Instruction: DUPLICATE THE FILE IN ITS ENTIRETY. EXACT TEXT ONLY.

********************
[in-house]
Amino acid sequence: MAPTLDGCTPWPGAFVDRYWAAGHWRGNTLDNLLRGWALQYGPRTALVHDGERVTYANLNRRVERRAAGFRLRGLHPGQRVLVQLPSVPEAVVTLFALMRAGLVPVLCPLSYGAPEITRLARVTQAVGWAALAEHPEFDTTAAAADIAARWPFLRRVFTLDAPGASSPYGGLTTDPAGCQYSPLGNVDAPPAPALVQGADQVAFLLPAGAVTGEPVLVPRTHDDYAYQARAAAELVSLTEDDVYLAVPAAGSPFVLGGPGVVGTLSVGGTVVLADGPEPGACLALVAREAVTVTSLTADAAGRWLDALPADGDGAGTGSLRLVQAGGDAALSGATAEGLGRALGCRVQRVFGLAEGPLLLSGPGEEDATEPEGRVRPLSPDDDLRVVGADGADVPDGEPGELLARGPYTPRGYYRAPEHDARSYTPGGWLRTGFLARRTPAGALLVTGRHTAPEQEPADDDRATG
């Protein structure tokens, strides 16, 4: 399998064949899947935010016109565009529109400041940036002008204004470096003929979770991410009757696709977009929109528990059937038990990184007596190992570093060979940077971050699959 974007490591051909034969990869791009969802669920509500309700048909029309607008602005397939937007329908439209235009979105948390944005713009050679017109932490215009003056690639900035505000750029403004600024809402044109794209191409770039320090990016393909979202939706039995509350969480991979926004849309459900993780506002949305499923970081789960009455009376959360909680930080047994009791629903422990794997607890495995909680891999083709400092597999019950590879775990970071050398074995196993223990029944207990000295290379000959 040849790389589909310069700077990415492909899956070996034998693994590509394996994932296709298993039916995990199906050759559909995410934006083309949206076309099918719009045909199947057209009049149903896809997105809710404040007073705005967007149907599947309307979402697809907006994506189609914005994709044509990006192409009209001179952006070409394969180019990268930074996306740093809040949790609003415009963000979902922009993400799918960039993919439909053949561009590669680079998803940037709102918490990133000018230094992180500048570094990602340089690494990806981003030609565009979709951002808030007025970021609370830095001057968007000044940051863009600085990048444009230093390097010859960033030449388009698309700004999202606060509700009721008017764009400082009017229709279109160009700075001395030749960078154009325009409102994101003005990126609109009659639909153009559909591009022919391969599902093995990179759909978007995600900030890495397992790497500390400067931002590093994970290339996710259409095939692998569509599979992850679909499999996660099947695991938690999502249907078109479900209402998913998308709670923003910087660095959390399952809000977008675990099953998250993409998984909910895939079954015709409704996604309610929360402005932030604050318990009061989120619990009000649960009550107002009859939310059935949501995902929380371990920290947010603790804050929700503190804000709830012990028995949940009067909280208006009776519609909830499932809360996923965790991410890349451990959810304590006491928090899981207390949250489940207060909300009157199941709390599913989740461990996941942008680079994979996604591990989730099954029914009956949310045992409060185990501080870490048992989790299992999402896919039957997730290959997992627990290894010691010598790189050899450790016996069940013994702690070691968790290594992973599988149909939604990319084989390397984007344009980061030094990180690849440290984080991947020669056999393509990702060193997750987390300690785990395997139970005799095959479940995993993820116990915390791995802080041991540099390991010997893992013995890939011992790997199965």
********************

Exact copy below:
[in-house]
Amino acid sequence: MAPTLDGCTPWPGAFVDRYWAAGHWRGNTLDNLLRGWALQYGPRTALVHDGERVTYANLNRRVERRAAGFRLRGLHPGQRVLVQLPSVPEAVVTLFALMRAGLVPVLCPLSYGAPEITRLARVTQAVGWAALAEHPEFDTTAAAADIAARWPFLRRVFTLDAPGASSPYGGLTTDPAGCQYSPLGNVDAPPAPALVQGADQVAFLLPAGAVTGEPVLVPRTHDDYAYQARAAAELVSLTEDDVYLAVPAAGSPFVLGGPGVVGTLSVGGTVVLADGPEPGACLALVAREAVTVTSLTADAAGRWLDALPADGDGAGTGSLRLVQAGGDAALSGATAEGLGRALGCRVQRVFGLAEGPLLLSGPGEEDATEPEGRVRPLSPDDDLRVVGADGADVPDGEPGELLARGPYTPRGYYRAPEHDARSYTPGGWLRTGFLARRTPAGALLVTGRHTAPEQEPADDDRATG
């Protein structure tokens, strides 16, 4: 399998064949899947935010016109565009529109400041940036002008204004470096003929979770991410009757696709977009929109528990059937038990990184007596190992570093060979940077971050699959 974007490591051909034969990869791009969802669920509500309700048909029309607008602005397939937007329908439209235009979105948390944005713009050679017109932490215009003056690639900035505000750029403004600024809402044109794209191409770039320090990016393909979202939706039995509350969480991979926004849309459900993780506002949305499923970081789960009455009376959360909680930080047994009791629903422990794997607890495995909680891999083709400092597999019950590879775990970071050398074995196993223990029944207990000295290379000959 040849790389589909310069700077990415492909899956070996034998693994590509394996994932296709298993039916995990199906050759559909995410934006083309949206076309099918719009045909199947057209009049149903896809997105809710404040007073705005967007149907599947309307979402697809907006994506189609914005994709044509990006192409009209001179952006070409394969180019990268930074996306740093809040949790609003415009963000979902922009993400799918960039993919439909053949561009590669680079998803940037709102918490990133000018230094992180500048570094990602340089690494990806981003030609565009979709951002808030007025970021609370830095001057968007000044940051863009600085990048444009230093390097010859960033030449388009698309700004999202606060509700009721008017764009400082009017229709279109160009700075001395030749960078154009325009409102994101003005990126609109009659639909153009559909591009022919391969599902093995990179759909978007995600900030890495397992790497500390400067931002590093994970290339996710259409095939692998569509599979992850679909499999996660099947695991938690999502249907078109479900209402998913998308709670923003910087660095959390399952809000977008675990099953998250993409998984909910895939079954015709409704996604309610929360402005932030604050318990009061989120619990009000649960009550107002009859939310059935949501995902929380371990920290947010603790804050929700503190804000709830012990028995949940009067909280208006009776519609909830499932809360996923965790991410890349451990959810304590006491928090899981207390949250489940207060909300009157199941709390599913989740461990996941942008680079994979996604591990989730099954029914009956949310045992409060185990501080870490048992989790299992999402896919039957997730290959997992627990290894010691010598790189050899450790016996069940013994702690070691968790290594992973599988149909939604990319084989390397984007344009980061030094990180690849440290984080991947020669056999393509990702060193997750987390300690785990395997139970005799095959479940995993993820116990915390791995802080041991540099390991010997893992013995890939011992790997199965």